Count to 10 on May 12, 2013 at 6:20 AM

Neither do I.
This is all much ado about nothing.
We are a free society. Privacy issues should be dealt with by the states. Not the Fed.
From the 4th:

The right of the people to be secure in their persons, houses, papers, and effects

We all know what that’s in reference to.
Now does that protect us from nosy strangers & neighbors staring at us in public? No.
It’s when entities obtain the info by violating your privacy rights.
And when you’re in public, you’ve no right to privacy.
You want privacy, go find it.
BTW, if this was an Apple product, everybody’d be pi$$ing themselves silly trying to get this thing.

Badger40 on May 12, 2013 at 11:16 AM

I’m working on a baseball cap that emits thousands of tiny laser beams in all directions so no one looks at me.

Dusty on May 12, 2013 at 12:33 PM

They’re nothing but a Segway for your face.

An overpriced gadget for people with money to play with.

Moesart on May 12, 2013 at 12:51 PM

[Badger40 on May 12, 2013 at 11:16 AM]

So, if you are at an ATM you have no expectation of privacy of tapping in your pin number? If you’re at the checkout counter, you have have no expectation of privacy of wielding your credit card? If you’re at the bank you have no expectation of privacy of writing out your bank account number on the deposit slip?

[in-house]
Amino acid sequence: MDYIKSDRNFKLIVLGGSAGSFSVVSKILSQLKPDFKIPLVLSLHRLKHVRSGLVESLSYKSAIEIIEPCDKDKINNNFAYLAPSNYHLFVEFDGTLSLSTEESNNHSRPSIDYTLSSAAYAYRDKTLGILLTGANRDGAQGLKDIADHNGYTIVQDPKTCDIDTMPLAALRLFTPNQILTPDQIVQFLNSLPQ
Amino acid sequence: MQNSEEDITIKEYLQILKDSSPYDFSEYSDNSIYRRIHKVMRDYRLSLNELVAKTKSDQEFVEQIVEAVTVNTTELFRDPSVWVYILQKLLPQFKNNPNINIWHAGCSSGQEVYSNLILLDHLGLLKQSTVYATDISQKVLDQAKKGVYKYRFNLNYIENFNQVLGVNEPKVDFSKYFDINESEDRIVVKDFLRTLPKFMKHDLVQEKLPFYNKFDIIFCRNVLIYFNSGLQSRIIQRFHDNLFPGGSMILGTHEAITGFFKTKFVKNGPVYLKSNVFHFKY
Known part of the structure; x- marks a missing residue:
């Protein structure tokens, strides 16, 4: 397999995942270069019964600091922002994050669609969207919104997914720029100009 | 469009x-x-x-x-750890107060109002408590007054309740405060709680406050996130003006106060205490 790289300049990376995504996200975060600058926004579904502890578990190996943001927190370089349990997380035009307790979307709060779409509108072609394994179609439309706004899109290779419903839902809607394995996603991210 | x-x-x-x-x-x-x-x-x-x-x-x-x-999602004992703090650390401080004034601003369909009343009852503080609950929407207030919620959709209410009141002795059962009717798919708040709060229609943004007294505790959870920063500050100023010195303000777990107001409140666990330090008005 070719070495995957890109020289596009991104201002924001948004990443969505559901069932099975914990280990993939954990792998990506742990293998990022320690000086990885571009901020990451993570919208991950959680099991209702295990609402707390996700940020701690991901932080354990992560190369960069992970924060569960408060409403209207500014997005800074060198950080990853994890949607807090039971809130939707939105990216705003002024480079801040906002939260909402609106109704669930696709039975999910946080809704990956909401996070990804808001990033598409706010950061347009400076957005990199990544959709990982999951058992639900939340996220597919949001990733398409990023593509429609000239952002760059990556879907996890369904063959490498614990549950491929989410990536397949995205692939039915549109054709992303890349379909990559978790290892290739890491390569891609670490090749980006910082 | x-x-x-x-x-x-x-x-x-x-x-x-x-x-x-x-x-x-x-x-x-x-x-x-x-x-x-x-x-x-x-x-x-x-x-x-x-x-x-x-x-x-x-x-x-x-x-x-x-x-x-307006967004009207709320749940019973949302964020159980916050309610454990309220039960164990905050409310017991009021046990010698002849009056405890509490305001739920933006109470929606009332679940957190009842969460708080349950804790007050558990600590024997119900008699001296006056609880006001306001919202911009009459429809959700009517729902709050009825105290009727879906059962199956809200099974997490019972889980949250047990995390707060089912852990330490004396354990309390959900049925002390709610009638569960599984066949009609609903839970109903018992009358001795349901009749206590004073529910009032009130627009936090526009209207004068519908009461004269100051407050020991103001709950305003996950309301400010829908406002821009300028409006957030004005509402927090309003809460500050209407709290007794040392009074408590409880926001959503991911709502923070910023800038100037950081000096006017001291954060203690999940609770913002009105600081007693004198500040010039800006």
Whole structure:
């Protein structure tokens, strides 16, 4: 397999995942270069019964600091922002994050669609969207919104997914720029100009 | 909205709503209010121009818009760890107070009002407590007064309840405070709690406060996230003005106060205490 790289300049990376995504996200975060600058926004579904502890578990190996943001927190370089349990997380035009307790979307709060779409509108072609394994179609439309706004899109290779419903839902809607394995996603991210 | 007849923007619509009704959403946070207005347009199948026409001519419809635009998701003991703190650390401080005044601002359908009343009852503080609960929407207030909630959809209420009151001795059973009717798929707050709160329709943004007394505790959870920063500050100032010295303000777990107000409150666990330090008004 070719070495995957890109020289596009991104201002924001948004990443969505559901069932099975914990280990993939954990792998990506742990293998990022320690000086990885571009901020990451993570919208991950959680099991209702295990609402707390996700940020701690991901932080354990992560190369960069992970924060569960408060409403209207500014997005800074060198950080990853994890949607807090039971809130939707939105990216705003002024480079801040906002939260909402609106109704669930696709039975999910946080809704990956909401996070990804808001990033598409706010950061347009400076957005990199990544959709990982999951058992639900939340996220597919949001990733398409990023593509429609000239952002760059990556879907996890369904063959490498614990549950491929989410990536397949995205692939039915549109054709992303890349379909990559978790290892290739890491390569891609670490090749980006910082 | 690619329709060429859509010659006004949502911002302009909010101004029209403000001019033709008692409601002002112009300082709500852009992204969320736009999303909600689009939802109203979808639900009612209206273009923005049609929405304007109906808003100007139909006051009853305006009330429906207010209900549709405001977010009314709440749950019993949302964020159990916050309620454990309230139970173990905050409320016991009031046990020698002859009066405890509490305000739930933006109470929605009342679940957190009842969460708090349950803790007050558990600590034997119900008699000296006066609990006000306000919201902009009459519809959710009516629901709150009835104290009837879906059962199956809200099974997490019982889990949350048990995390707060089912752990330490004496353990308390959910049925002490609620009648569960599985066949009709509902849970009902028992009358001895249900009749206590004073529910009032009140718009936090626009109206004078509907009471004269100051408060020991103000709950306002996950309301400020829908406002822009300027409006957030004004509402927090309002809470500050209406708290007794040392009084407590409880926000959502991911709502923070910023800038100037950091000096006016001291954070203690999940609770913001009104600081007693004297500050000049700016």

What is the magnification of these Google glasses? Do they have audio capability, and if so, how directional and to what distance can it pick up sound clearly? Is capturing my talk with a friend in a normal voice from 20 feet away, is that an invasion of privacy?

Dusty on May 12, 2013 at 1:04 PM

I’m waiting for the first person who causes a fatal car crash because they’re addicted to their Google glasses and are focused on the data instead of on the highway. I doubt all of Google’s support and financial donations to pet liberal causes are going to be enough to keep the trial lawyers at bay.

jon1979 on May 12, 2013 at 1:21 PM

Google Glass will do nothing that hundreds of million of other Android device out there do today. They are simply another form factor. They will be priced for ordinary folks to be able to afford them, like a tablet or mobile phone. You will be able to get them with prescription lenses so you can see properly while wearing them without having to use contacts. They are more subtle than a video camera, but then again so it a mobile phone or a CCTV camera. Nobody wants to be filmed without their consent, but that’s life. If you don’t want people filming your ATM or your credit card, shield it from other people’s view. That’s personal security 101. Remember, if a camera on a person’s eye can see it, the person’s eye can see it. I’d be more concerned with the camera on their shoe for looking up your kilt.

Immolate on May 12, 2013 at 1:33 PM

Remember, if a camera on a person’s eye can see it, the person’s eye can see it. I’d be more concerned with the camera on their shoe for looking up your kilt.

[Immolate on May 12, 2013 at 1:33 PM]

That’s BS and you ought to know it but you aren’t thinking it through. I can take out my credit card and wave it around and you’d not be able to read it. However, if I record you waving yours around with a movie camera, I can take it hone and run it frame by frame to read the numbers, write it down, check and recheck it.

All I need is one good frame of, what, a 1/10th of a second of clear picture?

Dusty on May 12, 2013 at 2:41 PM